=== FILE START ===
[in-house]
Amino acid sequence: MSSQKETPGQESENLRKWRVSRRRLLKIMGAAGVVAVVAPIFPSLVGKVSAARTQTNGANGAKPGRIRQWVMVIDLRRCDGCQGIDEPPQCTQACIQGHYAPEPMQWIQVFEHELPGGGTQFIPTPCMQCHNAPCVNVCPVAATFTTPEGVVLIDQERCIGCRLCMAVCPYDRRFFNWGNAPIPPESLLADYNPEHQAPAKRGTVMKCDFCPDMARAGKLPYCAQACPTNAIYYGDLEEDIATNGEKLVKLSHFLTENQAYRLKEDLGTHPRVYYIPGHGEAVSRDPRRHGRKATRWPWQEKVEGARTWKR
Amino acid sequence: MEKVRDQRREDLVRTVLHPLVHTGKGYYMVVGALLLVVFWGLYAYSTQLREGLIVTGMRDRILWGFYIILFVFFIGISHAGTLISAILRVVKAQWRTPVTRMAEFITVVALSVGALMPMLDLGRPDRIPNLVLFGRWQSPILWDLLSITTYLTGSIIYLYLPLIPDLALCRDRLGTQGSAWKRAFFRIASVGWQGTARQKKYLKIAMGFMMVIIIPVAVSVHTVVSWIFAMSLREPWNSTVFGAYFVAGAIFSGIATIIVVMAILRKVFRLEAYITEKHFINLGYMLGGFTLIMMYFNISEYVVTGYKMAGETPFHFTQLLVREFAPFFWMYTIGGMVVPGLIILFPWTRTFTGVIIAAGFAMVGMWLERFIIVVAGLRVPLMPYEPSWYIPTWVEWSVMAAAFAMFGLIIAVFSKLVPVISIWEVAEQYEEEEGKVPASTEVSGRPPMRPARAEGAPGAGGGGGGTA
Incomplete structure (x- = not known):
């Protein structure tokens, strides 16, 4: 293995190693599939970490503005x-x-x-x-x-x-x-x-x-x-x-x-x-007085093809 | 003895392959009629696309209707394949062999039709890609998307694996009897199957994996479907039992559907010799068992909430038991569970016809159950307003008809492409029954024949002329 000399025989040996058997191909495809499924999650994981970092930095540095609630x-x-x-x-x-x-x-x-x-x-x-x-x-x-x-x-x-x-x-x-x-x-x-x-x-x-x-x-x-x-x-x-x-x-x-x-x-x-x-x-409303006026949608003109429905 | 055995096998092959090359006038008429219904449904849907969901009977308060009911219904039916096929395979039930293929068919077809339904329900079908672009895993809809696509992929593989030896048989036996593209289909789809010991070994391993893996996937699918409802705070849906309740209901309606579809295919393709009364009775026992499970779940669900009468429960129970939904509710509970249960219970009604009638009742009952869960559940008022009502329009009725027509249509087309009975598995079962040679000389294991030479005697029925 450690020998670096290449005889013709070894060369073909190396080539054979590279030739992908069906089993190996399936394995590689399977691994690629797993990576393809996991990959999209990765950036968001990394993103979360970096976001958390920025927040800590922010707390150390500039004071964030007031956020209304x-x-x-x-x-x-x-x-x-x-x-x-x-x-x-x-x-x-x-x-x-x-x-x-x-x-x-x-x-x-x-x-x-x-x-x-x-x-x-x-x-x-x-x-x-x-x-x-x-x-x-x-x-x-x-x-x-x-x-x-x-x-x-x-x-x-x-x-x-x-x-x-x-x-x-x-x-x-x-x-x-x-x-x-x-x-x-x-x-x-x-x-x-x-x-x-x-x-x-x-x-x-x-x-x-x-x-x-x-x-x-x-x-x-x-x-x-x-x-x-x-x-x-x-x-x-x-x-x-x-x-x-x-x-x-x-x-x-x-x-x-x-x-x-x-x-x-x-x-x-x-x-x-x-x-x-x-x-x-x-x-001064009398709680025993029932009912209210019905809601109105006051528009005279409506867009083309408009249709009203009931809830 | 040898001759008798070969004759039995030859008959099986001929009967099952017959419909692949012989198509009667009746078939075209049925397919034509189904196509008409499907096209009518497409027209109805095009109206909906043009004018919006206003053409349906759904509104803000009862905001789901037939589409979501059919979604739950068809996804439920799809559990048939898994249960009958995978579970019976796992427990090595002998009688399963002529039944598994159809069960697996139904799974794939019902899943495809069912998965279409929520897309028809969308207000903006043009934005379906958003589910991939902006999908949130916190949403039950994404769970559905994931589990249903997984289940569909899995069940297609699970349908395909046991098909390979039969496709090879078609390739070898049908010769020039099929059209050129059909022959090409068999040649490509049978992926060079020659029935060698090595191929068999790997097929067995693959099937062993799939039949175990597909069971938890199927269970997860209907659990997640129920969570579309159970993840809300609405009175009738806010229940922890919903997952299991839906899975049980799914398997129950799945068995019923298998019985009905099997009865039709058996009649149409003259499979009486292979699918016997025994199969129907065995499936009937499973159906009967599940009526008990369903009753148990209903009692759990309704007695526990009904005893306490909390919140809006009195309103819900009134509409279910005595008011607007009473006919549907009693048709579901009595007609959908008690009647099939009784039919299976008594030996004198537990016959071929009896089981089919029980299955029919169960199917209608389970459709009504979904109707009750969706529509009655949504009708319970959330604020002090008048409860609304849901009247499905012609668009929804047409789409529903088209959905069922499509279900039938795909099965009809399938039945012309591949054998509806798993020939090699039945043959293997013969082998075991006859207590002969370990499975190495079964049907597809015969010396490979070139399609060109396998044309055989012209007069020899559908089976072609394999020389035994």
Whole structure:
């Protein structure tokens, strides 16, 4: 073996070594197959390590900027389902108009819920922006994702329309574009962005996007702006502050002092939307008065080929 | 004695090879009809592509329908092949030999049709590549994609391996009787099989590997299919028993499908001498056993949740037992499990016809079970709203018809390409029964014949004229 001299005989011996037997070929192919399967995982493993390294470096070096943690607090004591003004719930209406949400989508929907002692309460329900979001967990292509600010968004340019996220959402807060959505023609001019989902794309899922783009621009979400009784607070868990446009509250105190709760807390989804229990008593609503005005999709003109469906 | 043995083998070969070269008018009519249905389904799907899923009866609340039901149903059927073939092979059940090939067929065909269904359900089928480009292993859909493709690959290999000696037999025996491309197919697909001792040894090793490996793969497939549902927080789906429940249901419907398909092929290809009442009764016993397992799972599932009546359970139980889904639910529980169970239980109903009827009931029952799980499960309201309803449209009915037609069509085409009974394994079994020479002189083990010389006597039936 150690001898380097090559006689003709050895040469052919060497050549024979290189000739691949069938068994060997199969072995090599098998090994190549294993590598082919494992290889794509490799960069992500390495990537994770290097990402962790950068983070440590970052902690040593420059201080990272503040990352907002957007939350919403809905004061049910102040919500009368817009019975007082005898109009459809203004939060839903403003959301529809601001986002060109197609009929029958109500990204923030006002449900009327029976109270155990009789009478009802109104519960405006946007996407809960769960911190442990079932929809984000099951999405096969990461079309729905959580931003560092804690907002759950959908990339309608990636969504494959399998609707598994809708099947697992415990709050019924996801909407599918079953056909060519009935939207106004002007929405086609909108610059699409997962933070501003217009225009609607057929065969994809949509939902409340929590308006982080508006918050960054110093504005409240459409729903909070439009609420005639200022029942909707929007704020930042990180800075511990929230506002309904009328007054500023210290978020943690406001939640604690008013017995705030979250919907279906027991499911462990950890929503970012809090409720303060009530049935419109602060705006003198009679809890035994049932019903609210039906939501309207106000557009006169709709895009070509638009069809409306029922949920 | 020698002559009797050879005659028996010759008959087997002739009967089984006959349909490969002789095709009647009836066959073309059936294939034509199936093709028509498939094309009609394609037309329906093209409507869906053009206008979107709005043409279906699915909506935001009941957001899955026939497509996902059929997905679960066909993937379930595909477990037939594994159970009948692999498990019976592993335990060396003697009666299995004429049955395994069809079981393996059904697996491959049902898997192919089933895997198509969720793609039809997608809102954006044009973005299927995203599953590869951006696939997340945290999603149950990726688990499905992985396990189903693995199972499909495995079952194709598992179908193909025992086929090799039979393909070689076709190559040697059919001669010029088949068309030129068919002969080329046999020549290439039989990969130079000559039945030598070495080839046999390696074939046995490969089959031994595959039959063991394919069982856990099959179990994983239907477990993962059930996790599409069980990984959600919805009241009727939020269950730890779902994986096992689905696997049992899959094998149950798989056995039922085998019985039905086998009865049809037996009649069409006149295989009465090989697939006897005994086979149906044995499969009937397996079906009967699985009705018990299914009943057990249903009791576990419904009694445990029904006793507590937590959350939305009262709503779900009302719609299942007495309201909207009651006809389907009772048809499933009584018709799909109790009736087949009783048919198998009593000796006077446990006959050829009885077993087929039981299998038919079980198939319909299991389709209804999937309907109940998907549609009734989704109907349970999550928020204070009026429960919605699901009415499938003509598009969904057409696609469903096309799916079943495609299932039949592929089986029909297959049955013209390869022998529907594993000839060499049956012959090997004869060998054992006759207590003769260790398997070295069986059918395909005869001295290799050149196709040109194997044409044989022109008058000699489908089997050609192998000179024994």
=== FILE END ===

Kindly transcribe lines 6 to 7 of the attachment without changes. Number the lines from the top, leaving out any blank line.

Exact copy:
Whole structure:
């Protein structure tokens, strides 16, 4: 073996070594197959390590900027389902108009819920922006994702329309574009962005996007702006502050002092939307008065080929 | 004695090879009809592509329908092949030999049709590549994609391996009787099989590997299919028993499908001498056993949740037992499990016809079970709203018809390409029964014949004229 001299005989011996037997070929192919399967995982493993390294470096070096943690607090004591003004719930209406949400989508929907002692309460329900979001967990292509600010968004340019996220959402807060959505023609001019989902794309899922783009621009979400009784607070868990446009509250105190709760807390989804229990008593609503005005999709003109469906 | 043995083998070969070269008018009519249905389904799907899923009866609340039901149903059927073939092979059940090939067929065909269904359900089928480009292993859909493709690959290999000696037999025996491309197919697909001792040894090793490996793969497939549902927080789906429940249901419907398909092929290809009442009764016993397992799972599932009546359970139980889904639910529980169970239980109903009827009931029952799980499960309201309803449209009915037609069509085409009974394994079994020479002189083990010389006597039936 150690001898380097090559006689003709050895040469052919060497050549024979290189000739691949069938068994060997199969072995090599098998090994190549294993590598082919494992290889794509490799960069992500390495990537994770290097990402962790950068983070440590970052902690040593420059201080990272503040990352907002957007939350919403809905004061049910102040919500009368817009019975007082005898109009459809203004939060839903403003959301529809601001986002060109197609009929029958109500990204923030006002449900009327029976109270155990009789009478009802109104519960405006946007996407809960769960911190442990079932929809984000099951999405096969990461079309729905959580931003560092804690907002759950959908990339309608990636969504494959399998609707598994809708099947697992415990709050019924996801909407599918079953056909060519009935939207106004002007929405086609909108610059699409997962933070501003217009225009609607057929065969994809949509939902409340929590308006982080508006918050960054110093504005409240459409729903909070439009609420005639200022029942909707929007704020930042990180800075511990929230506002309904009328007054500023210290978020943690406001939640604690008013017995705030979250919907279906027991499911462990950890929503970012809090409720303060009530049935419109602060705006003198009679809890035994049932019903609210039906939501309207106000557009006169709709895009070509638009069809409306029922949920 | 020698002559009797050879005659028996010759008959087997002739009967089984006959349909490969002789095709009647009836066959073309059936294939034509199936093709028509498939094309009609394609037309329906093209409507869906053009206008979107709005043409279906699915909506935001009941957001899955026939497509996902059929997905679960066909993937379930595909477990037939594994159970009948692999498990019976592993335990060396003697009666299995004429049955395994069809079981393996059904697996491959049902898997192919089933895997198509969720793609039809997608809102954006044009973005299927995203599953590869951006696939997340945290999603149950990726688990499905992985396990189903693995199972499909495995079952194709598992179908193909025992086929090799039979393909070689076709190559040697059919001669010029088949068309030129068919002969080329046999020549290439039989990969130079000559039945030598070495080839046999390696074939046995490969089959031994595959039959063991394919069982856990099959179990994983239907477990993962059930996790599409069980990984959600919805009241009727939020269950730890779902994986096992689905696997049992899959094998149950798989056995039922085998019985039905086998009865049809037996009649069409006149295989009465090989697939006897005994086979149906044995499969009937397996079906009967699985009705018990299914009943057990249903009791576990419904009694445990029904006793507590937590959350939305009262709503779900009302719609299942007495309201909207009651006809389907009772048809499933009584018709799909109790009736087949009783048919198998009593000796006077446990006959050829009885077993087929039981299998038919079980198939319909299991389709209804999937309907109940998907549609009734989704109907349970999550928020204070009026429960919605699901009415499938003509598009969904057409696609469903096309799916079943495609299932039949592929089986029909297959049955013209390869022998529907594993000839060499049956012959090997004869060998054992006759207590003769260790398997070295069986059918395909005869001295290799050149196709040109194997044409044989022109008058000699489908089997050609192998000179024994």